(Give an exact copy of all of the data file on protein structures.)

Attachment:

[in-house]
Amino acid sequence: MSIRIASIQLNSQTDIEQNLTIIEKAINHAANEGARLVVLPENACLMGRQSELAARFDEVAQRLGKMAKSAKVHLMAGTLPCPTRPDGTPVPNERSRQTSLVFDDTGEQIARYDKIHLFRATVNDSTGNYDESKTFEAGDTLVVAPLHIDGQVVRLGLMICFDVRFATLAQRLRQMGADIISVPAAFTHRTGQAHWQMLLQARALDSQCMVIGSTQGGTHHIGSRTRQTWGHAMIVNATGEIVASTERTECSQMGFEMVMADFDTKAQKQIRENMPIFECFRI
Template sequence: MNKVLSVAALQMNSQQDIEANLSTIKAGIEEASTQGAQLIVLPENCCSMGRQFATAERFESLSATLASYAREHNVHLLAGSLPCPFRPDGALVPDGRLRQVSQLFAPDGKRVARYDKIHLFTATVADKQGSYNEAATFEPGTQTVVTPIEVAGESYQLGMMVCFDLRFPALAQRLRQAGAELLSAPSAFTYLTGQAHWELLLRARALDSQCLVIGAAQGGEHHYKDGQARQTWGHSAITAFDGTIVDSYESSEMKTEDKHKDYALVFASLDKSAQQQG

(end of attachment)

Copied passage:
[in-house]
Amino acid sequence: MSIRIASIQLNSQTDIEQNLTIIEKAINHAANEGARLVVLPENACLMGRQSELAARFDEVAQRLGKMAKSAKVHLMAGTLPCPTRPDGTPVPNERSRQTSLVFDDTGEQIARYDKIHLFRATVNDSTGNYDESKTFEAGDTLVVAPLHIDGQVVRLGLMICFDVRFATLAQRLRQMGADIISVPAAFTHRTGQAHWQMLLQARALDSQCMVIGSTQGGTHHIGSRTRQTWGHAMIVNATGEIVASTERTECSQMGFEMVMADFDTKAQKQIRENMPIFECFRI
Template sequence: MNKVLSVAALQMNSQQDIEANLSTIKAGIEEASTQGAQLIVLPENCCSMGRQFATAERFESLSATLASYAREHNVHLLAGSLPCPFRPDGALVPDGRLRQVSQLFAPDGKRVARYDKIHLFTATVADKQGSYNEAATFEPGTQTVVTPIEVAGESYQLGMMVCFDLRFPALAQRLRQAGAELLSAPSAFTYLTGQAHWELLLRARALDSQCLVIGAAQGGEHHYKDGQARQTWGHSAITAFDGTIVDSYESSEMKTEDKHKDYALVFASLDKSAQQQG